But when you stop sharing, when you stop opening up, you also tend to stop the relationship from growing. When there’s no room for intimacy, there’s no room for growth. So if there are frequent misunderstandings, it might be worth first deciding whether they’re just misunderstandings or whether your partner might be deliberately trying to cause conflict and confusion between the two of you.
It’s also often a good idea when misunderstandings are a frequent occurrence to seek out the services of a couple’s counselor to help you learn how to communicate better.
Fear of rejection
This tends to be more common in the early stages of a relationship, when you’re still getting to know each other and feeling out the relationship. You worry that this might be the last straw, the thing that makes this person decide they don’t want to be with you after all.
Most of the time, fear of rejection comes from your own insecurities. If you believe that to be the case, often the best way to get past it is to force yourself to be open with your partner. When you see that they didn’t reject you, it can help you feel more secure in opening up to them in the future.
If you’ve been in the relationship awhile and this feeling is still sticking around, it might be a good idea to talk to a therapist. If it’s a new feeling in a long-term relationship, couple’s counseling may help you figure out why you feel that way and how to get past it.
Fear of your partner’s reaction
Whether you’re afraid of physical violence, extreme anger, or that your partner will leave you, sometimes the decision not to be open comes down to being afraid of how your partner will react. Not wanting to “poke the bear” or risk an unwanted or unwarranted reaction, you decide to just keep things to yourself instead.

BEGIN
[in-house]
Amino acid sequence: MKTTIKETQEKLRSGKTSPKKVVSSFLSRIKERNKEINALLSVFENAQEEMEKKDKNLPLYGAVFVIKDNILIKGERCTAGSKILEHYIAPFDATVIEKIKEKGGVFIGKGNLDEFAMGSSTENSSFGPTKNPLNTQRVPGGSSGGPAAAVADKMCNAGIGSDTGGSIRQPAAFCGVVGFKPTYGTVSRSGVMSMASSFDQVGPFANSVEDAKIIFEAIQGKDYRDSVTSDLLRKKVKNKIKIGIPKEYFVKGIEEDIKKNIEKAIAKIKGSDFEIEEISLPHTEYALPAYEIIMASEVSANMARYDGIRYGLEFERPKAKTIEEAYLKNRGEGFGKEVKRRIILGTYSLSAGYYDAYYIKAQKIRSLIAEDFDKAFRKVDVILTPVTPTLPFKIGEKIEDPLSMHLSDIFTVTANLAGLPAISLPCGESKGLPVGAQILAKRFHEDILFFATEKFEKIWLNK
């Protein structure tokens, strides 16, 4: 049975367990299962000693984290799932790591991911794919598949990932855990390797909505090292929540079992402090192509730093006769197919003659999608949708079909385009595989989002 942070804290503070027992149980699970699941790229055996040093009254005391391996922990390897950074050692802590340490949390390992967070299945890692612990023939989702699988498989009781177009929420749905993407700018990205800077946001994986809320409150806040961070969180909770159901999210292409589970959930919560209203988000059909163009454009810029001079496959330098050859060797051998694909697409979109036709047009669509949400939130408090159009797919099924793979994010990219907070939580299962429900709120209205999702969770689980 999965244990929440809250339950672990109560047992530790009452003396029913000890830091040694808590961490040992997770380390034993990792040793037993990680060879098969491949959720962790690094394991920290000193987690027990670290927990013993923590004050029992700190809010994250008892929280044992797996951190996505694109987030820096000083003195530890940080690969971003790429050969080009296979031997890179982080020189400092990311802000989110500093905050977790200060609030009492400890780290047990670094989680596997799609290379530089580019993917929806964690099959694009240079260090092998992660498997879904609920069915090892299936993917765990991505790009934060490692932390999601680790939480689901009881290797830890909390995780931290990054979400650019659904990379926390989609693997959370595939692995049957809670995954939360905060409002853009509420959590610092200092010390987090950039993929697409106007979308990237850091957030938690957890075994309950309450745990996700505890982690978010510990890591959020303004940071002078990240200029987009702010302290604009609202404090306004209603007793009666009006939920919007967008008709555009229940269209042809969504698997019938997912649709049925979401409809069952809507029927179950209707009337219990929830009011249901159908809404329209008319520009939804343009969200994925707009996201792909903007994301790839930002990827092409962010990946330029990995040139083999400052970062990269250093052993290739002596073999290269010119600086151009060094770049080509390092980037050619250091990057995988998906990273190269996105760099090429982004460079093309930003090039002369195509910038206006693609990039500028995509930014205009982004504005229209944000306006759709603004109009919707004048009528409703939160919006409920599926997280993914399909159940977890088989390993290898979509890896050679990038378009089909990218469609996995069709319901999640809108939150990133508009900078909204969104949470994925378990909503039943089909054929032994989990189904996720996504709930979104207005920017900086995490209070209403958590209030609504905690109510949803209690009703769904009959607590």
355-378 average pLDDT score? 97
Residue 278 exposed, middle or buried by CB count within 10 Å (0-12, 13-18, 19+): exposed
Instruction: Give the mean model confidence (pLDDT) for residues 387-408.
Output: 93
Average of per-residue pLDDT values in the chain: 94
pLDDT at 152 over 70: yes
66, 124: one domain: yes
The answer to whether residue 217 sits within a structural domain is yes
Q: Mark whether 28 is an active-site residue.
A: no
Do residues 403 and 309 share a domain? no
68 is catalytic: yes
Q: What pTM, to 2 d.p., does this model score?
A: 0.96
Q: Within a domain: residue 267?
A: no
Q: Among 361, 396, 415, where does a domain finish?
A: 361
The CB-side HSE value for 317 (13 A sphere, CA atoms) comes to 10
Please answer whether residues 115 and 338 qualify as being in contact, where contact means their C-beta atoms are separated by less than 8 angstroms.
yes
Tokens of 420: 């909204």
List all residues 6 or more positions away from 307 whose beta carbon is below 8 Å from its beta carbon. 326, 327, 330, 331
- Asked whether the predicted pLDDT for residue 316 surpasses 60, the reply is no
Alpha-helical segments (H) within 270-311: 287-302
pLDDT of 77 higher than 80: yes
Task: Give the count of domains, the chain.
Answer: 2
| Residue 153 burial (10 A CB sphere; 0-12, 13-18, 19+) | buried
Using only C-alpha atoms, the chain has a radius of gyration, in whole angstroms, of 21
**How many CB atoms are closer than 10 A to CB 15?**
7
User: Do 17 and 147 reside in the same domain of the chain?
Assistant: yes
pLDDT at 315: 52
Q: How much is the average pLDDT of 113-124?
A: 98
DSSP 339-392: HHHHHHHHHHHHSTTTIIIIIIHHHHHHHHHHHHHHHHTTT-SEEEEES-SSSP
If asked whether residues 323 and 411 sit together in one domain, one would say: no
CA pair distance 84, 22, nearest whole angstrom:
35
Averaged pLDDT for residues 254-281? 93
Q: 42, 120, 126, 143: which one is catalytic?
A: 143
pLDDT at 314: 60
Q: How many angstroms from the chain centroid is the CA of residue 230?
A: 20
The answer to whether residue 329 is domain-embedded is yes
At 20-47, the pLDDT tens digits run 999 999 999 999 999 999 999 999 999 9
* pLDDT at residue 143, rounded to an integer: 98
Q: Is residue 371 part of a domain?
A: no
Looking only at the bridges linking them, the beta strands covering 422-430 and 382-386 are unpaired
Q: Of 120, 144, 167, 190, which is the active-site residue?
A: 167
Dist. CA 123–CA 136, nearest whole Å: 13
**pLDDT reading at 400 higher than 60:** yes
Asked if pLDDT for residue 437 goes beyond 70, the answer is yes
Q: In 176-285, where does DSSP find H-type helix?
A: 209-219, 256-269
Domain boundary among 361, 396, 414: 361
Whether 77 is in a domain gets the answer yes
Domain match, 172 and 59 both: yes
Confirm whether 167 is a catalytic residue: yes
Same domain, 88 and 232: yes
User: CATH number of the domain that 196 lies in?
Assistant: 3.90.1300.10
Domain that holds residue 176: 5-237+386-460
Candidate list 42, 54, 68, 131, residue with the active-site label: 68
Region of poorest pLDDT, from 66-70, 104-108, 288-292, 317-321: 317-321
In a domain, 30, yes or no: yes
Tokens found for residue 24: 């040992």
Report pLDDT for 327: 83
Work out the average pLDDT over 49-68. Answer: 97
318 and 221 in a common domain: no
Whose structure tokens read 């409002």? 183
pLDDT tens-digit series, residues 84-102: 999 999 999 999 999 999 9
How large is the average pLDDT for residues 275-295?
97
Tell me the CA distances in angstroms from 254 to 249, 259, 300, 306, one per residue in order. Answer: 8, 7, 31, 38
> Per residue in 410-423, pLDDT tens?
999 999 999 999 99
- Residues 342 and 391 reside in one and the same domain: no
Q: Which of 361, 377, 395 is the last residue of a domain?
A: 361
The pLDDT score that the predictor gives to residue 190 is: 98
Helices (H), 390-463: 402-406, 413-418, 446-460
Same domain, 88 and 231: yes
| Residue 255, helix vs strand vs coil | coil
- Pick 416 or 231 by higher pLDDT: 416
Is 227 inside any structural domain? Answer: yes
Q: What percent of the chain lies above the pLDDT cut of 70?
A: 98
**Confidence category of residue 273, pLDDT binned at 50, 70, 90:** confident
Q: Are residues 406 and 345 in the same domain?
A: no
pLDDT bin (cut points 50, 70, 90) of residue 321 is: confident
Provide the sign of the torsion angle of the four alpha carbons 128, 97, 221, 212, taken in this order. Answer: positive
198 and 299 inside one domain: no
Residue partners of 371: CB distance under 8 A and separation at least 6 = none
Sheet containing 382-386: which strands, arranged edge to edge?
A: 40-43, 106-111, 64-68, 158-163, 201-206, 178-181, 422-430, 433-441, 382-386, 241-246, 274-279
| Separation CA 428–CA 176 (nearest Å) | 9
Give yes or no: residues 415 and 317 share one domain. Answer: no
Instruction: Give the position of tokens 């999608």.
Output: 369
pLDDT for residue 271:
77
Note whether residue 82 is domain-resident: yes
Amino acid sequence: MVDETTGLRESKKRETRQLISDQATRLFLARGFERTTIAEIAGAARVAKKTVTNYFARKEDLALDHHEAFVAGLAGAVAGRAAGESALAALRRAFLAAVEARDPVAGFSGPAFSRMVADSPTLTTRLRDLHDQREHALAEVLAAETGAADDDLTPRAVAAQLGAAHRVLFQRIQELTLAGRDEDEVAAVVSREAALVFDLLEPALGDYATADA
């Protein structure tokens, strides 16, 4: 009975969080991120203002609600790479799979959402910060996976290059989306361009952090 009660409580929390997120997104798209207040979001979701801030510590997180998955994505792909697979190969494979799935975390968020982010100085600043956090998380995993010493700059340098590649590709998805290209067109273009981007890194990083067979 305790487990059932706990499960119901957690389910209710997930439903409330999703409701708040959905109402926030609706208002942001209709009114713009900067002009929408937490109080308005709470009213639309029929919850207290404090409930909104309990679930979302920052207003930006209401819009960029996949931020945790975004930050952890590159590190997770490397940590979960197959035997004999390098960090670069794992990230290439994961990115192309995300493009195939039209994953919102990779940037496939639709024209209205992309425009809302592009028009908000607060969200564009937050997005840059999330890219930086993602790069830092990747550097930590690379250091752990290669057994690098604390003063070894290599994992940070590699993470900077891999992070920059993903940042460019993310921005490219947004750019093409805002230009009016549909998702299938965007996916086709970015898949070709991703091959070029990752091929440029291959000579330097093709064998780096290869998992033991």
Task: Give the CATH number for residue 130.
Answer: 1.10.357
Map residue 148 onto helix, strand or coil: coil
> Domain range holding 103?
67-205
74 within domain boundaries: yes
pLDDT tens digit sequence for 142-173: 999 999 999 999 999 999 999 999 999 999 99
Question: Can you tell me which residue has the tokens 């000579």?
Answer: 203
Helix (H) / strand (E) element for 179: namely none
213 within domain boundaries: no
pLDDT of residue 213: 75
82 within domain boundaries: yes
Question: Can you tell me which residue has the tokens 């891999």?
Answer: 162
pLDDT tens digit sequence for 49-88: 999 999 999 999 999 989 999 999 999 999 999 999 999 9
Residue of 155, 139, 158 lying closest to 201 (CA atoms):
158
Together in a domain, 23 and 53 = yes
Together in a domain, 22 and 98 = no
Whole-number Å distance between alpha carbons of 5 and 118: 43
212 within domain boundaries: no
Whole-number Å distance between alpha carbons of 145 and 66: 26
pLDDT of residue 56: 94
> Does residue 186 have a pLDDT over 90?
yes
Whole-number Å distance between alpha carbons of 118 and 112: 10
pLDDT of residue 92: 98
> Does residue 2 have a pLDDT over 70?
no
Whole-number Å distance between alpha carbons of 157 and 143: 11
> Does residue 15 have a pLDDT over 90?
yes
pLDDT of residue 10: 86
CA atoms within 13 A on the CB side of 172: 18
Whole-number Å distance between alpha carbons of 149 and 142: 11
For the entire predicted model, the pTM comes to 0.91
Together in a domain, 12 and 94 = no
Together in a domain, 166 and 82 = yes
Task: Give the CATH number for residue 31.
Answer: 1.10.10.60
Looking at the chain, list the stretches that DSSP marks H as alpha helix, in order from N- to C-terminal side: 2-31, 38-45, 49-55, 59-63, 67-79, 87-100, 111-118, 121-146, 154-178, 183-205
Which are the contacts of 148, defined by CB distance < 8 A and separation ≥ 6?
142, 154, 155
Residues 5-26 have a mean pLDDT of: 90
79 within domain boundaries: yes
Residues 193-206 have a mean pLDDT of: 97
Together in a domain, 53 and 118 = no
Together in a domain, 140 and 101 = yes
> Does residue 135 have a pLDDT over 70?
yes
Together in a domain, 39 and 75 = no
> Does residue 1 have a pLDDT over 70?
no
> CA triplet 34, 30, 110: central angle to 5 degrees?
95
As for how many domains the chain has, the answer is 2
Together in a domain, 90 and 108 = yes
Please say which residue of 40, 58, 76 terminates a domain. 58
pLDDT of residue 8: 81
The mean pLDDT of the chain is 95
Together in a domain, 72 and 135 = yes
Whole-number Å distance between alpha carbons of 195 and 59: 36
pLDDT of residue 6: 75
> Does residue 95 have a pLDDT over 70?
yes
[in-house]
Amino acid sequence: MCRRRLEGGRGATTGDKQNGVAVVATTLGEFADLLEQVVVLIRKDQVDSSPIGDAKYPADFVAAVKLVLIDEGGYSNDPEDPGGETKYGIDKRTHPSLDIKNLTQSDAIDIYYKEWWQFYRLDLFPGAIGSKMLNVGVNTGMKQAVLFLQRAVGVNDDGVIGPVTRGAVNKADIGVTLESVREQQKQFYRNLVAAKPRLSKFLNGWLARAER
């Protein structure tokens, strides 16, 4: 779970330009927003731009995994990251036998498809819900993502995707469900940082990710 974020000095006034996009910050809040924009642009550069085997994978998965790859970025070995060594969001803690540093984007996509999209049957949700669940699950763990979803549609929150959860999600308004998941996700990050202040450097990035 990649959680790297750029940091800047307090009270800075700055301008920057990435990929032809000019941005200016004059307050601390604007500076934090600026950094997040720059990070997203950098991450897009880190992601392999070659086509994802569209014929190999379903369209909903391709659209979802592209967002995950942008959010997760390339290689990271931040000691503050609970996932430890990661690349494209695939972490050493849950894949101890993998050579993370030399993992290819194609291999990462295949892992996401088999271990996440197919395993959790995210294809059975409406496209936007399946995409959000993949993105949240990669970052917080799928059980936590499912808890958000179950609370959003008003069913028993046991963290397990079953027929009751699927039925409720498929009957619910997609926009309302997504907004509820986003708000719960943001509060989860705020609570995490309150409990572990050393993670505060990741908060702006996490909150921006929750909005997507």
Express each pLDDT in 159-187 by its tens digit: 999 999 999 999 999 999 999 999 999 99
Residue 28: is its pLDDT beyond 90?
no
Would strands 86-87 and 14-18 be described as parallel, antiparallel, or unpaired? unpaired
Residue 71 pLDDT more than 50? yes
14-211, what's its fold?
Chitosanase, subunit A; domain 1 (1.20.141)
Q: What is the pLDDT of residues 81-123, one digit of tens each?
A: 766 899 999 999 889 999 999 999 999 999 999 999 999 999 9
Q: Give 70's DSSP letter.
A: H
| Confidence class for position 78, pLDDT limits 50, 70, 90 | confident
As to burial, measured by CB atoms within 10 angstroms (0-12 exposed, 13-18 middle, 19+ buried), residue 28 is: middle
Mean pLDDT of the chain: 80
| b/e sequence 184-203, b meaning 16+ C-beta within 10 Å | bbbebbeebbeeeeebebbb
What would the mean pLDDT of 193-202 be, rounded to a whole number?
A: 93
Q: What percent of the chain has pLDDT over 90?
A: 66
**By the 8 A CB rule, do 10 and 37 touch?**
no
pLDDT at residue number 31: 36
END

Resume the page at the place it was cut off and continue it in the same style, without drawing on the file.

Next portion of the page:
This is a delicate reason to navigate. This reason can be as simple as you overthinking how your partner will react to as complex as being in an abusive relationship. In between the two is that your partner tends to overreact and you know that those overreactions are damaging to your relationship and you’re merely trying to prevent that.
When you fear your partner’s reaction, you may need to start by taking the time to sit with yourself and explore why you feel that fear. Determining where it’s coming from (overthinking, abuse, or somewhere in between) can help you figure out how best to deal with it. The best thing to do here is take your time and approach it carefully.
Relationships require being open
Unless you’re in a casual relationship where you’ve both been clear that you don’t want to make a close connection, relationships require both partners to be open. Being open with each other, allowing yourselves to be vulnerable, builds the foundation of trust and protection that allows your relationship to blossom and grow.
If you feel like you can’t be open in your relationship, it’s critical to get to the bottom of why and resolve it. If you can’t identify the reason or you can’t resolve it, you may need to consider that this relationship isn’t the one for you. And there’s nothing wrong with that.
The best relationship is the one where you can be yourself without worry.
Wendy Miller is a freelance relationship writer & meditation teacher. After years of settling for abusive and otherwise toxic relationships, she got fed up. Using meditation and other tools, she got to work on healing herself, setting boundaries, and only engaging in relationships (romantic and otherwise) that bring her joy. She wants to help other single parents find the love they seek, including and going beyond romantic love. She lives in Florida with her two sons, where she homeschools while solo parenting, while surrounded by what feels like a zooful of animals.